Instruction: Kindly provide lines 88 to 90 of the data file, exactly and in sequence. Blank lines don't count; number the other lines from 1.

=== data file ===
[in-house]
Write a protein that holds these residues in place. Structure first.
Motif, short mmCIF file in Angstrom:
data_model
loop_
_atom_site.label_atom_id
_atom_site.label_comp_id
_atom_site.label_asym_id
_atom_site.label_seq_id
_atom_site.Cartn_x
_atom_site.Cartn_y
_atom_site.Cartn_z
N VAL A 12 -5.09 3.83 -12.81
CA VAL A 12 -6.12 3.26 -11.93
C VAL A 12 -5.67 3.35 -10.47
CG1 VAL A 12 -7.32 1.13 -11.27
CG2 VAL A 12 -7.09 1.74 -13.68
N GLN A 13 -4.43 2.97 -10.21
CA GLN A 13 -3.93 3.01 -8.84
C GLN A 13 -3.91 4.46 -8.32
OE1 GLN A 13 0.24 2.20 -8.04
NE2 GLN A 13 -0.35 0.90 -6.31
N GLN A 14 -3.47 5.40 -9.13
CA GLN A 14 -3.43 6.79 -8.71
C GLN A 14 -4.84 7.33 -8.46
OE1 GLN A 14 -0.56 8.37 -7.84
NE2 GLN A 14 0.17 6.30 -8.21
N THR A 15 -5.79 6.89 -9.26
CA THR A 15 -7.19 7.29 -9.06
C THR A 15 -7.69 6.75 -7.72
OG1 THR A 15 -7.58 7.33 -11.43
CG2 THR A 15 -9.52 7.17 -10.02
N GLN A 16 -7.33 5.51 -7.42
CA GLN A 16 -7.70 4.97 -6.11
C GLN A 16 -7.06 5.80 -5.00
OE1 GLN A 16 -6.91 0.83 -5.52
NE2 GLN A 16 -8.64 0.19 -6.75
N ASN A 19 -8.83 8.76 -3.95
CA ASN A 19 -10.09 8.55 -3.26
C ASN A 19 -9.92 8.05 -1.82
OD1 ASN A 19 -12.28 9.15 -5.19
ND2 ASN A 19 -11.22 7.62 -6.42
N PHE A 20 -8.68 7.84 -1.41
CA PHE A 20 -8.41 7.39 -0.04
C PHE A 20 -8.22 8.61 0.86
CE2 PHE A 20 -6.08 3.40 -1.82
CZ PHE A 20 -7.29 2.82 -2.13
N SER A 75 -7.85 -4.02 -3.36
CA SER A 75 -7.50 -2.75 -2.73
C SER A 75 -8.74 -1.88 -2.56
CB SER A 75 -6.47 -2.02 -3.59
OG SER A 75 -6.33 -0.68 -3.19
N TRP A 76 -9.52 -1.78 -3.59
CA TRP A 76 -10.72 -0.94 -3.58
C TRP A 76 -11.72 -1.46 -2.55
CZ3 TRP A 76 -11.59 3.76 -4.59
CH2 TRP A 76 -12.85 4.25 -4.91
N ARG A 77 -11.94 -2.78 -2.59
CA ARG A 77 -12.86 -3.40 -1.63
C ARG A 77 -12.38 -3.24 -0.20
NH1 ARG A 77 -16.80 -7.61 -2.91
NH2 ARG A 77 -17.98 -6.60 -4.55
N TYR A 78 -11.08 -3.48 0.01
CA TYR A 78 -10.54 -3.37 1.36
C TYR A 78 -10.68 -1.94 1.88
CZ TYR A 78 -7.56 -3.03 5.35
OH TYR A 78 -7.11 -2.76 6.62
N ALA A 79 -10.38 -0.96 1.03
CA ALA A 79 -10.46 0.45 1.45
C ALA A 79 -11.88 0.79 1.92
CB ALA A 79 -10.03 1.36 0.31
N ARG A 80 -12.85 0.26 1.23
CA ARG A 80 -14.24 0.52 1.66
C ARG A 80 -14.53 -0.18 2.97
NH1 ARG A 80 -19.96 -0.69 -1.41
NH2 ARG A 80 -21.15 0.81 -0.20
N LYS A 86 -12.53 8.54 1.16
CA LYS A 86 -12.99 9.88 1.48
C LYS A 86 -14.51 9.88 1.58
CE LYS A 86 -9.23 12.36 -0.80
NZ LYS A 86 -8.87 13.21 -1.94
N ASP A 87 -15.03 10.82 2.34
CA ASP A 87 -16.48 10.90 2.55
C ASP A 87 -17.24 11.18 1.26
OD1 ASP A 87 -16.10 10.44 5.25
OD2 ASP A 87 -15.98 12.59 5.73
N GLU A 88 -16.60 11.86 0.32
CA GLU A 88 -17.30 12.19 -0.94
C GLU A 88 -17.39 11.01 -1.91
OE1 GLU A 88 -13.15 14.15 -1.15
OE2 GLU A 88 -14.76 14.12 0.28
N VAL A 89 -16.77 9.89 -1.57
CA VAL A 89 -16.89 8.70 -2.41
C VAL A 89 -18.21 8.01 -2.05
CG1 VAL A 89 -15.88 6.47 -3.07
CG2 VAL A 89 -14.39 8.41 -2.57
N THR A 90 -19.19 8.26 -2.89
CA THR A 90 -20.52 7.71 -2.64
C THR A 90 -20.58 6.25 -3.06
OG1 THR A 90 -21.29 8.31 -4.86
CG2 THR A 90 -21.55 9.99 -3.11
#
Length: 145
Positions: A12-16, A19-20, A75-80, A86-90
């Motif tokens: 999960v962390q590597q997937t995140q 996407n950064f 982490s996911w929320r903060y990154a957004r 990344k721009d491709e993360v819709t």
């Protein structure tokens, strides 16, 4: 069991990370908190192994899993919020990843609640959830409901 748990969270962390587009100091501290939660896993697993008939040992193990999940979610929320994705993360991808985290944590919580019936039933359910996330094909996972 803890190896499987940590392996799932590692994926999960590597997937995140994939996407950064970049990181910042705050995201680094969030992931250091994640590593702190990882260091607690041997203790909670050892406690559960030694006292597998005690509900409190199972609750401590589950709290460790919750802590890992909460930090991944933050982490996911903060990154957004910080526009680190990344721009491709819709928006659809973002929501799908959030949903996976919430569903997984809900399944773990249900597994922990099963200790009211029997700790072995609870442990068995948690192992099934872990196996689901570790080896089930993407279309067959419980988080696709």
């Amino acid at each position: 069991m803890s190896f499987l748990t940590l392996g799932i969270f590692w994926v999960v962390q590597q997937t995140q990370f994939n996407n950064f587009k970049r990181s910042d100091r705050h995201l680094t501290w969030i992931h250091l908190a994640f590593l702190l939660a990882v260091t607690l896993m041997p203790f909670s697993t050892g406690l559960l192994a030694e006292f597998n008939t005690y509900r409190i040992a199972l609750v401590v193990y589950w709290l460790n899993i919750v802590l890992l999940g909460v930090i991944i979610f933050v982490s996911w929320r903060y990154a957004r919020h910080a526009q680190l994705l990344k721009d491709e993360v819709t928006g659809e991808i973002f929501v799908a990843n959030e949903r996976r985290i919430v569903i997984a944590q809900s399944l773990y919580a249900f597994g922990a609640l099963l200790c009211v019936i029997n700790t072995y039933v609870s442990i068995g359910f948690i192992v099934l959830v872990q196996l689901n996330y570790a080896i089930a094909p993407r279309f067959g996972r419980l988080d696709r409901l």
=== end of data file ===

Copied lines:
CA GLU A 88 -17.30 12.19 -0.94
C GLU A 88 -17.39 11.01 -1.91
OE1 GLU A 88 -13.15 14.15 -1.15